A graphic of Greenland’s ice core climate reconstruction from 9080 BCE (after the Younger Dryas) to 1960 CE is positioned alongside a 20-year moving average of the Northern Hemisphere temperature anomaly (1870 to 2018; right hand diagram).[i] This depicts how the modern instrument era-derived Northern Hemisphere temperature data relates to Greenland’s ice core temperature data. This juxtaposition of different climate data was done to give an approximate bearing on today’s climate relative to the climate optimum.
Greenland’s ice temperature actually declined by 4.860C between the Holocene Climate Optimum in 5980 BCE (peak temperature) and 1700 CE, and then rose by 2.870C between 1700 CE and 1940 CE. The 2016 temperature peak is still 1.90C lower than at Greenland’s Holocene Climate Optimum 8,000 years ago.
By comparing today’s temperature only with that in 1880 we are being led to believe that a 1.020C rise in temperature since 1880 is the highest on record.[ii] However, when today’s temperature is compared with the Holocene Climate Optimum’s temperature 7,980 years ago, then that highest rise in temperature on record actually represents a decline of 1.90C. According to climate science experts who specialize in the Holocene Arctic climate, the Arctic temperatures was in general two to four degrees Celsius higher 8,000 to 5,000 years ago than it is today.[iii],[iv],[v]
The Arctic ice core data, like the Antarctic and global climate data, as well as the Northern Hemisphere insolation data (precession of the summer solstice),[vi],[vii],[viii],[ix] tells us emphatically that we have already entered an ice age (8,000 years ago). The Intergovernmental Panel on Climate Change’s anthropogenic global warming story started in 1880, and was “grafted on” to a trough-to-peak warming phase that started in 1700, and long before the anthropogenic influence became significant.
Click on this page and download a free copy of my book “Revolution: Ice Age Re-Entry,” and read more about this topic in Chapter 4.
[i] Data: (1) B.M. Vinther et al., 2009, “Holocene thinning of the Greenland ice sheet.” Nature, Vol. 461, pp. 385-388, 17 September 2009. National Centers for Environmental Information, NESDIS, NOAA, U.S. Department of Commerce. Greenland Ice Sheet Holocene d18O, Temperature, and Surface Elevation. doi:10.1038/nature08355. https://www.ncdc.noaa.gov/paleo-search/study/11148. Downloaded 05/05/2018. (2) HadCRUT4 near surface temperature data set for the Northern Hemisphere. http://www.metoffice.gov.uk/hadobs/hadcrut4/data/current/download.html. Downloaded 25 July 2018.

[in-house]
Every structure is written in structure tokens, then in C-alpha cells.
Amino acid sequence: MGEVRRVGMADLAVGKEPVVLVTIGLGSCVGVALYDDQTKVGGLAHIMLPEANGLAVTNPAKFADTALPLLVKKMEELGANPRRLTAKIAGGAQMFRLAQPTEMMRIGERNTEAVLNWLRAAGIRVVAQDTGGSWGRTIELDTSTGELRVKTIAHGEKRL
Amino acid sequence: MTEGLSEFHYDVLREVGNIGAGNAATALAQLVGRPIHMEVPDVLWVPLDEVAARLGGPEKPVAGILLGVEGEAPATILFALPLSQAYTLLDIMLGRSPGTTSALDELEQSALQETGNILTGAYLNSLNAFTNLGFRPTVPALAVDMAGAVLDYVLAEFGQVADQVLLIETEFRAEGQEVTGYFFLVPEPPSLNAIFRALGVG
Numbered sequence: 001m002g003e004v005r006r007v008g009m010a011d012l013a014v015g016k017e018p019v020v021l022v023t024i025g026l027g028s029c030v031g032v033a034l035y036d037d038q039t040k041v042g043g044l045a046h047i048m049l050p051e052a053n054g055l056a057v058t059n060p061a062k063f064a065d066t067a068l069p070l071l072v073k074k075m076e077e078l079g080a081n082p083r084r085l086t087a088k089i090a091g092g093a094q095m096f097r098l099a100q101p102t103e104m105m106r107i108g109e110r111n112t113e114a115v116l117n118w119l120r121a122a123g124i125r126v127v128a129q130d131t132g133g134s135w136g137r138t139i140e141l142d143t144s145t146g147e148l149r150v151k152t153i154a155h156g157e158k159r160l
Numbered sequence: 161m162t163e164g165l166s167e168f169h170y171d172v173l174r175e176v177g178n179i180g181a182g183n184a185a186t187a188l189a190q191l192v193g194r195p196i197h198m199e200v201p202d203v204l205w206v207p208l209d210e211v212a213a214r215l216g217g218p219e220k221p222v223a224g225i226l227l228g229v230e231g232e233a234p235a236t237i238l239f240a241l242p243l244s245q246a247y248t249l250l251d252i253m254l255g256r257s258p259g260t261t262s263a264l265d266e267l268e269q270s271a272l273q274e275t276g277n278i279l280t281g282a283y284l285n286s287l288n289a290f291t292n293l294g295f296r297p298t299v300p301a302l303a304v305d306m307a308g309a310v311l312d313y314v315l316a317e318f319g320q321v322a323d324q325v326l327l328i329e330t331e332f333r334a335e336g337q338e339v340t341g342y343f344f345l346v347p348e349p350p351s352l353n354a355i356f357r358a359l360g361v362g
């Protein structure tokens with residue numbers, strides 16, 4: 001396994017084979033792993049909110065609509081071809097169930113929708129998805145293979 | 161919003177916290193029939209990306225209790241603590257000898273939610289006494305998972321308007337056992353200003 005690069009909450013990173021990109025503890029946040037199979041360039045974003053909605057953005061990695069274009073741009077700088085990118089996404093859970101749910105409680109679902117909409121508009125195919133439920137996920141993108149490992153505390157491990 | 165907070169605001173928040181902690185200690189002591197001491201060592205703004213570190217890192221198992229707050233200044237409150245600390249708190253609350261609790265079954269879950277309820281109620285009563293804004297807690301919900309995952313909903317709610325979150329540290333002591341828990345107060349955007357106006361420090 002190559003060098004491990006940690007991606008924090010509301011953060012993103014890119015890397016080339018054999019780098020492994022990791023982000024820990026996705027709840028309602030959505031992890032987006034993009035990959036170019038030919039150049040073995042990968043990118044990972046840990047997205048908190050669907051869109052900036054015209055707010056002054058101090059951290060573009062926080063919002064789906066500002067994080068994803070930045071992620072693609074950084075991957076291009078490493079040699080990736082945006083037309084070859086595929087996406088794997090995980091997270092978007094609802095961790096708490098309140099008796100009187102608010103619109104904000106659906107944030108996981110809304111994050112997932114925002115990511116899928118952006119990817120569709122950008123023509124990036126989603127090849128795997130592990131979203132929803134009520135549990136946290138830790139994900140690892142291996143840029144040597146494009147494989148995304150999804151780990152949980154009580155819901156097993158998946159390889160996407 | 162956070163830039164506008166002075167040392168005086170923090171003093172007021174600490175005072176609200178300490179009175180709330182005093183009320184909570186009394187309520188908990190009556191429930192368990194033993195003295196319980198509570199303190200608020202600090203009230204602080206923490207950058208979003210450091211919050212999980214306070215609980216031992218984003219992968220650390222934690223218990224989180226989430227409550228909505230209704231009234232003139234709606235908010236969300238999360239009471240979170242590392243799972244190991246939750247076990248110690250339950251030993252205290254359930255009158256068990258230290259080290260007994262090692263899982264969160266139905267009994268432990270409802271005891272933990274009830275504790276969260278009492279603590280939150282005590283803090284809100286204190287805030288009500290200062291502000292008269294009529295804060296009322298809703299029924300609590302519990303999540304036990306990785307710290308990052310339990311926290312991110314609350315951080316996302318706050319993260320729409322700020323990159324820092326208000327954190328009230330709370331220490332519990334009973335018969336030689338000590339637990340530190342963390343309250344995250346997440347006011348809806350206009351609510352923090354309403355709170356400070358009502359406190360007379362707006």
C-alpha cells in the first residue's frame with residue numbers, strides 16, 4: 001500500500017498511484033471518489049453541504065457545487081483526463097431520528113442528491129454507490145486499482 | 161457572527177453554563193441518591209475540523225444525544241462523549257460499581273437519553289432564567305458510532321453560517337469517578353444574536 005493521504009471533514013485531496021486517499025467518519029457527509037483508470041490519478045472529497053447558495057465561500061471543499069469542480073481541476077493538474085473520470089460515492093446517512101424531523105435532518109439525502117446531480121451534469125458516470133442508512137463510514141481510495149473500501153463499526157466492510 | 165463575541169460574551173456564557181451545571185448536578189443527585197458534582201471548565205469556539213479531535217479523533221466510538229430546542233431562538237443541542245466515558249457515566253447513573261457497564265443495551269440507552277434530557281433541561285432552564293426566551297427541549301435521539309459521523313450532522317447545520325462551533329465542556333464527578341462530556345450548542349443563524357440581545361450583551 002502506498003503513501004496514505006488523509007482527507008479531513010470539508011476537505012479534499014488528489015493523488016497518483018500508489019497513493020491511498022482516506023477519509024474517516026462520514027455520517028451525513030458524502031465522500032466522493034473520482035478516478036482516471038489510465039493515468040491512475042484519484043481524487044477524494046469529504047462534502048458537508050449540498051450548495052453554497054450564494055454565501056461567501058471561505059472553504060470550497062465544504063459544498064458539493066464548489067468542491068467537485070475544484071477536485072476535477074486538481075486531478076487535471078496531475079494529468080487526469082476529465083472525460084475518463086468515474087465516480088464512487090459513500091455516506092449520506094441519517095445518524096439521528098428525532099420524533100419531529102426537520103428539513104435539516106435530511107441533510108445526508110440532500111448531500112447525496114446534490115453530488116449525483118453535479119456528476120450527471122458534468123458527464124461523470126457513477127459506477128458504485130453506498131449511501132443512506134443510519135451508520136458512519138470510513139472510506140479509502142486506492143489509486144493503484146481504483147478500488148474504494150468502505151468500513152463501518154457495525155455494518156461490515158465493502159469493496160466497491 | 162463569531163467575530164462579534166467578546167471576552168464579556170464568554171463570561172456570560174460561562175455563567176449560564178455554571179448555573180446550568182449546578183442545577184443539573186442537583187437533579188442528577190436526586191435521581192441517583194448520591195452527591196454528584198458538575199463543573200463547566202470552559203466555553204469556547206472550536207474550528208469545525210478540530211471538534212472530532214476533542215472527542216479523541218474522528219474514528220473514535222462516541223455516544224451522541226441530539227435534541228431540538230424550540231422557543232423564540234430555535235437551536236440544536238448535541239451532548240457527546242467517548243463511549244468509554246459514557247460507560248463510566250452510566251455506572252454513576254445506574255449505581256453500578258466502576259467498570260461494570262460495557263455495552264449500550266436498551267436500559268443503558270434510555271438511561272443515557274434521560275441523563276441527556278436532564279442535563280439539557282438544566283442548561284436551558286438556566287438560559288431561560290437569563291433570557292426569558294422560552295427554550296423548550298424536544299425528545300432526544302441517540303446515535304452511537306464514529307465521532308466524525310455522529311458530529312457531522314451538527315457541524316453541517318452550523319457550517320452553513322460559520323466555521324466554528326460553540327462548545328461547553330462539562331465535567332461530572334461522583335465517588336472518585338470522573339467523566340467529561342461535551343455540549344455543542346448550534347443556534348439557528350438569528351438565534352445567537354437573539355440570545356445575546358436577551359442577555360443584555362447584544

[ii] Global mean surface temperature data, commonly referred to as HadCRUT4. https://www.metoffice.gov.uk/hadobs/hadcrut4/data/current/download.html. [Exposé: Look at the bottom left hand or first column for the current year-to-date temperature. Subtract that from the 2016 total to see the magnitude of the fall. Global Data: https://bit.ly/2nCgctz. Northern Hemisphere Data: https://bit.ly/2MRt75G, Southern Hemisphere Data: https://bit.ly/2nBfYTA. Tropics Data: https://bit.ly/2nFXJMM. [last downloaded 25/07/2018].
[iii] Nicolaj K. Larsen et al., “The response of the southern Greenland ice sheet to the Holocene thermal maximum.” Geology ; 43 (4): 291–294. doi: https://doi.org/10.1130/G36476.1.
[iv] D.S. Kaufman et al., “Holocene thermal maximum in the western Arctic (0–1800W).” Quaternary Science Reviews 23 (2004) 529–560.
[v] J.P. Briner et al., “Holocene climate change in Arctic Canada and Greenland.” Quaternary Science Reviews (2016), http://dx.doi.org/10.1016/j.quascirev.2016.02.010.
[vi] H. Wanner et al., “Structure and origin of Holocene cold events.” Quaternary Science Reviews (2011), doi:10.1016/j.quascirev.2011.07.010. [Comment: See Figure 5a, page 9, depicting the steady decline in Northern Hemisphere summer solar insolation at north 15 and 65 degree latitudes, and indicating that insolation has declined by 40 W/m2. This is based on the landmark research by Berger, 1978 (André Berger, Long-Term Variations of Daily Insolation and Quaternary Climatic Changes. 1978. Journal of the Atmospheric Sciences 35(12):2362-2367. DOI: 10.1175/1520-0469(1978)035<2362:LTVODI>2.0.CO;2).].
[vii] D.S. Kaufman et al., “Holocene thermal maximum in the western Arctic (0–180°W).” Quaternary Science Reviews, Volume 23, Issues 5–6, 2004, 529-560. https://doi.org/10.1016/j.quascirev.2003.09.007. [Comment: See the abstract. We are told that the precession-driven summer insolation anomaly peaked 12,000-10,000 years ago. See also Figure 9a which depicts the 65°N insolation anomaly at different times of the year, indicating an approximate 50 Wm-2 decline in summer solstice insolation from its peak 12,000-10,000 years ago.].
[viii] Darrell Kaufman et al., “Recent Warming Reverses Long-Term Arctic Cooling.” September 2009. Science 325(5945):1236-1239. DOI: 10.1126/science.1173983. [Comment: This publication details the Arctic cooling that has been in progress for the last 2,000 years until this recent global warming phase. This millennial-scale cooling trend correlates (r = +0.87 with a R-squared 0.76, see Figure 4.) with a reduction in precession of the solstice driven summer insolation (6 W m−2 insolation at 65°N) for the last 2,000 years. See Figure 3F. The publication indicates a temperature decline of 0.22° ± 0.06°C per 1000 years, which tracks the slow decline in orbitally driven summer insolation at high northern latitudes.].
[ix] I. Borzenkova et al., 2015. Climate Change During the Holocene (Past 12,000 Years). In: The BACC II Author Team (eds) Second Assessment of Climate Change for the Baltic Sea Basin. Regional Climate Studies. Springer. https://link.springer.com/content/pdf/10.1007%2F978-3-319-16006-1.pdf